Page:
Every year, in December, you start seeing a lot of articles about the big events that occurred during the year, or about delivering awards for the best whatever of the year. And when I say a lot, I think I'm underestimating the amount of those articles. Some are interesting, some are meaningful, a few are both interesting and meaningful, probably most are neither interesting nor meaningful. So when Magnus gave a link saying that openSUSE was distro of the year, I wasn't sure what to expect. It turned out to be a good surprise.

Ars Technica chose two distributions as distros of the year: Foresight and openSUSE. I honestly can't say that the choice is good or bad -- all major distros are making great progress, because they all benefit from what the various upstream projects are doing. While openSUSE is now close to my heart, I'm still fond of Debian, Fedora or Ubuntu. That's probably because I'm still very much upstream-centric in my way of looking at the free software world (and hopefully, I'll stay this way). I could probably write stuff about each distribution, telling you a few things that happened there that were great, or why I like them. But let's focus on Foresight and openSUSE.

So yeah, it's good to see openSUSE picked up as one of the distributions of the year by Ars Technica, but I wouldn't usually care much about this -- nearly everybody has its own favorite distribution because it's the best out there (always funny to see that there are more than one best distribution ;-)). However in this case, the way the project evolved during the last year was considered and that's what kept my attention; I'm really glad to see that outside people are noticing that the openSUSE community is growing, with the development being more and more open; the openSUSE distribution certainly has many qualities, but this point is the most important change for the project. At least, that's my opinion. Sure, there are still tons of things to fix in the community and in the way we develop stuff, but we're getting there. And I feel a huge difference in the openSUSE project between what it was at the beginning of the year and what it is today.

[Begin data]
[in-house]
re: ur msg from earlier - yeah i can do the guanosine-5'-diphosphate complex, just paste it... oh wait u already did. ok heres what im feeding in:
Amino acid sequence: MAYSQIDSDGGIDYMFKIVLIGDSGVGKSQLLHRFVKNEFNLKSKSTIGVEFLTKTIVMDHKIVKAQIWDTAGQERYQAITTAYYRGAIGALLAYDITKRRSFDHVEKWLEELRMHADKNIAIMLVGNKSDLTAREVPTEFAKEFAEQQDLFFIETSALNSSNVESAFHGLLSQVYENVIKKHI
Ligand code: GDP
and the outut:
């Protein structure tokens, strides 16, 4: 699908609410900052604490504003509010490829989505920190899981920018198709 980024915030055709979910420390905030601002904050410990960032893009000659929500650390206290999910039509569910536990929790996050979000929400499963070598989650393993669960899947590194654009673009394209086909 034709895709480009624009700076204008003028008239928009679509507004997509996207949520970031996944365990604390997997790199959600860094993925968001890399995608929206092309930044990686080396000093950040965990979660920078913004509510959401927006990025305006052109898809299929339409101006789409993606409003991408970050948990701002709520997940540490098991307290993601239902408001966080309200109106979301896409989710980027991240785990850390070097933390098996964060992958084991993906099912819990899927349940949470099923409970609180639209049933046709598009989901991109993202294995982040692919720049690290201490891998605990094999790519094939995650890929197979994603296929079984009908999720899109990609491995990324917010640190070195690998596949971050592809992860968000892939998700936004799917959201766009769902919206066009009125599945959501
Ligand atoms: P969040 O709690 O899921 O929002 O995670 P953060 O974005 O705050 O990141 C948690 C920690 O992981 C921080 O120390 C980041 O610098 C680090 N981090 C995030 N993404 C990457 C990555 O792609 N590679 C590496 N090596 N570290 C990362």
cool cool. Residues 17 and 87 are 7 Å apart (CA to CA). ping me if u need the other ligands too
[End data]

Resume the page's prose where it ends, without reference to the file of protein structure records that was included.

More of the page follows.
It's also great to see the work done on Foresight noticed. What I really like about Foresight is that they provide GNOME with live media for stable releases, and they do that really quickly. That's simply awesome, no need to argue. As far as I know, they're also trying to not do a lot of changes compared to upstream, so you get an upstream experience. And I love that.

But in the end, I really liked the article because it was useful to me. Really. Let me tell you why. It helped me identify a goal for next year: try to get everyone to spell out openSUSE the correct way (hint: it's not OpenSUSE, nor openSuSE, nor OpenSuSE, nor...). Yeah, after the GNOME vs Gnome war, I had to find a new spelling war ;-)